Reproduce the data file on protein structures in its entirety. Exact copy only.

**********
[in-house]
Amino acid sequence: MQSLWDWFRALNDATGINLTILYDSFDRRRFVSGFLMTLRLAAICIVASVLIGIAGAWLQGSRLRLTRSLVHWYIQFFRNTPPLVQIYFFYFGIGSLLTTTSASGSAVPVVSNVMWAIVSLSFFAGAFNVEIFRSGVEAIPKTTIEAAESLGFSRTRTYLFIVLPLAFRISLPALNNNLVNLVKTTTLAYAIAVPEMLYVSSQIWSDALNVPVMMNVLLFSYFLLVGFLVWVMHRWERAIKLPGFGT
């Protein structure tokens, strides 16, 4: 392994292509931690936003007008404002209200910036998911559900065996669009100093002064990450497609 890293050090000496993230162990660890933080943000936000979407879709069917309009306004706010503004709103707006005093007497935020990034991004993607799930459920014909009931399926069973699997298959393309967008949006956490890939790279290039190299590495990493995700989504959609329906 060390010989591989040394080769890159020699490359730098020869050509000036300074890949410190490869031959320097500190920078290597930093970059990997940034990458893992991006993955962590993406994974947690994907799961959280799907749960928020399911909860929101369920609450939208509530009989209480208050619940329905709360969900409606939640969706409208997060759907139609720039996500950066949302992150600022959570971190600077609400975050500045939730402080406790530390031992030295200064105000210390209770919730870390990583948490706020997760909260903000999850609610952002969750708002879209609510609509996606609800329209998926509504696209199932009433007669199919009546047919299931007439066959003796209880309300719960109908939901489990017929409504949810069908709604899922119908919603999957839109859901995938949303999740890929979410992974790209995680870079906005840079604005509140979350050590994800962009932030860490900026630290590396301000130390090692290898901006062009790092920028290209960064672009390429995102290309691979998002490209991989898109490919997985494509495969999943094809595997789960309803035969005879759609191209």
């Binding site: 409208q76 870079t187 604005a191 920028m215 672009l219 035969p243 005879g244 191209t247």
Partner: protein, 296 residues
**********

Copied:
[in-house]
Amino acid sequence: MQSLWDWFRALNDATGINLTILYDSFDRRRFVSGFLMTLRLAAICIVASVLIGIAGAWLQGSRLRLTRSLVHWYIQFFRNTPPLVQIYFFYFGIGSLLTTTSASGSAVPVVSNVMWAIVSLSFFAGAFNVEIFRSGVEAIPKTTIEAAESLGFSRTRTYLFIVLPLAFRISLPALNNNLVNLVKTTTLAYAIAVPEMLYVSSQIWSDALNVPVMMNVLLFSYFLLVGFLVWVMHRWERAIKLPGFGT
């Protein structure tokens, strides 16, 4: 392994292509931690936003007008404002209200910036998911559900065996669009100093002064990450497609 890293050090000496993230162990660890933080943000936000979407879709069917309009306004706010503004709103707006005093007497935020990034991004993607799930459920014909009931399926069973699997298959393309967008949006956490890939790279290039190299590495990493995700989504959609329906 060390010989591989040394080769890159020699490359730098020869050509000036300074890949410190490869031959320097500190920078290597930093970059990997940034990458893992991006993955962590993406994974947690994907799961959280799907749960928020399911909860929101369920609450939208509530009989209480208050619940329905709360969900409606939640969706409208997060759907139609720039996500950066949302992150600022959570971190600077609400975050500045939730402080406790530390031992030295200064105000210390209770919730870390990583948490706020997760909260903000999850609610952002969750708002879209609510609509996606609800329209998926509504696209199932009433007669199919009546047919299931007439066959003796209880309300719960109908939901489990017929409504949810069908709604899922119908919603999957839109859901995938949303999740890929979410992974790209995680870079906005840079604005509140979350050590994800962009932030860490900026630290590396301000130390090692290898901006062009790092920028290209960064672009390429995102290309691979998002490209991989898109490919997985494509495969999943094809595997789960309803035969005879759609191209």
């Binding site: 409208q76 870079t187 604005a191 920028m215 672009l219 035969p243 005879g244 191209t247």
Partner: protein, 296 residues